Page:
Leaving New Zealand: Constant Travel is Hard

It’s hard to summarise my thoughts on leaving New Zealand. I’ve pondered over it for months but it’s such a mixed bag of emotions that I find it hard to articulate. I had such a positive outlook at this grand adventure when I first started that ending it on such a low mood was really something unexpected for me.


On the Ben Lomond Track in Queenstown with Mt Cook in the background. I managed to reach the Ben Lomond Saddle at 1326m high after 4 hours of walking. Unfortunately, I didn’t make it to the summit which my legs are probably eternally grateful for…it was a hard climb šŸ˜¦

My 6 months in New Zealand was a really big learning experience for me. My years of travelling alone did come in useful but there were so many other factors that I did not expect. Towards the end of my time there, I thought I would be relieved to be leaving but as my last few days slowly lumbered past, reality struck me that my departure would be final and done with. That’s when my emotions played hard with me and went on a major roller coaster ride.

There were times when regret would overwhelm me. Regrets that I was missing out on places yet to be seen, activities yet still to be done. There were so many more places and things that I did not get to do when I was there. Having regrets made me feel sad to be leaving with all the unfulfilled options, sad to leave all the friends that I’ve made here, sad that all that’s left are the wonderful memories that I’ve created.


My attempt at sandboarding! I went down twice and gave up after that. I actually wanted to chicken out after my first one but I made it down again after some friendly persuasion. But I survived!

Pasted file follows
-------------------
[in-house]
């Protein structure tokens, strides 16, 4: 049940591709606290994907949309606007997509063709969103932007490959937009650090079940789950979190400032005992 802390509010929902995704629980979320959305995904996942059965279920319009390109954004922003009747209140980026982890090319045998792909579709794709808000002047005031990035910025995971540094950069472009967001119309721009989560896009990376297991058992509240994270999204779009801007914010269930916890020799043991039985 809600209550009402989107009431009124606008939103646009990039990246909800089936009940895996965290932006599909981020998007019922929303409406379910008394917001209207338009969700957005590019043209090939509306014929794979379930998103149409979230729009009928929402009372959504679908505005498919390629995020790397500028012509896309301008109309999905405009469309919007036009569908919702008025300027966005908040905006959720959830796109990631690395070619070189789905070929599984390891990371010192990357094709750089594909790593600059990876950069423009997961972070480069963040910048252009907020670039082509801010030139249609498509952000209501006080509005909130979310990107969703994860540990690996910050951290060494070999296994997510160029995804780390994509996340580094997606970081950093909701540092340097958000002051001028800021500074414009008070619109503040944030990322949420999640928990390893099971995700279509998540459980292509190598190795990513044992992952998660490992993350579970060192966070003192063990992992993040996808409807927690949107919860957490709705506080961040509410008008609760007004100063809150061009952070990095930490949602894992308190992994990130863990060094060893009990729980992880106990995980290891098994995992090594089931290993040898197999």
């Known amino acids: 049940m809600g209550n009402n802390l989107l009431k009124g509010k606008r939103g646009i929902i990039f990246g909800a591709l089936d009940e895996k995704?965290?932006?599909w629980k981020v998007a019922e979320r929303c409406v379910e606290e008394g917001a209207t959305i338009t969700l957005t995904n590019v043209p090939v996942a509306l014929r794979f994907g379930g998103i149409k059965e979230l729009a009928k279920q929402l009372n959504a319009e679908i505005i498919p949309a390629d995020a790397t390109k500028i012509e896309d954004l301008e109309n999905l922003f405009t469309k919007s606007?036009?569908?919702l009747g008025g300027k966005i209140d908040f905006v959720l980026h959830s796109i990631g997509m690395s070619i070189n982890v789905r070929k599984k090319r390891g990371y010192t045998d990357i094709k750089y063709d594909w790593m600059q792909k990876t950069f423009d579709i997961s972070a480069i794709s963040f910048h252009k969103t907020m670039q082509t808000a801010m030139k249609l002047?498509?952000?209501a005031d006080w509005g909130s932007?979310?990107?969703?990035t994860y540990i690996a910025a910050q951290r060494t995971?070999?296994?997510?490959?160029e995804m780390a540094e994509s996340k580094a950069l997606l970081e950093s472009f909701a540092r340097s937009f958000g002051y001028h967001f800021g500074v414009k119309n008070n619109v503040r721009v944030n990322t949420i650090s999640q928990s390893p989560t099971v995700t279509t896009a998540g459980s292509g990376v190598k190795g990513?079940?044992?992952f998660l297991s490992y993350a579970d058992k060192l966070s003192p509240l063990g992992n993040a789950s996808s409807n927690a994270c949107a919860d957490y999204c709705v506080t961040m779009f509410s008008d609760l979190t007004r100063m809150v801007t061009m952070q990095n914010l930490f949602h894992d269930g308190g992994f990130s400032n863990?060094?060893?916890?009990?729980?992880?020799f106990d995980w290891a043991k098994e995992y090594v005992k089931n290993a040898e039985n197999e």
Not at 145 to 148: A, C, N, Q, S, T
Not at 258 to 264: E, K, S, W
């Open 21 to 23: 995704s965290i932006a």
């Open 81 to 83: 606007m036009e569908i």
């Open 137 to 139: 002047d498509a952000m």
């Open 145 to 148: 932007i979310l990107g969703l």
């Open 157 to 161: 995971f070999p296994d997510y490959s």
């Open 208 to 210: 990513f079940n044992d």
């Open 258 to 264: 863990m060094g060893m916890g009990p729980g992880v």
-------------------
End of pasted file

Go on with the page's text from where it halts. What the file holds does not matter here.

Yet among the regrets and sadness, I couldn’t help but feel happy and relieved to be going home too. Relieved that the end is near, that I would finally be home. It was difficult being away, being away from my family and friends. Sure, I can easily make friends wherever I went but having family and friends who have known you for years are different from friends that you encounter when you travel. Saying goodbye to friends that I made while travelling was so constant that I craved that connection the most when I was travelling alone.


From the top of the Grampians in Nelson. This was my favourite track to walk up since it started from the end of the street.

Towards the end, I grew tired of travelling, I got to the point that I was travelling for the sake of travelling. I was trying to explore as much as I could because that was what I was supposed to do but I couldn’t help but feel disappointed that I couldn’t explore as much as I wanted due to my limited funds and remaining time.

As you can imagine, I was not totally happy and that was when I decided it was time to shorten my trip and return home. Thinking back, being away was hard but constantly travelling was harder on me. I would have been able to cope better if I had a fixed base rather than constantly changing locations every few days or weeks. It was tiring for me to do it, physically and mentally. It was still an enriching experience for me, one that I would not hesitate to recommend to any other person though.


Vantage point from the top of Queenstown Hill

Sorry for all the sad times about New Zealand though, I will try to put up some of my happier times soon. šŸ™‚

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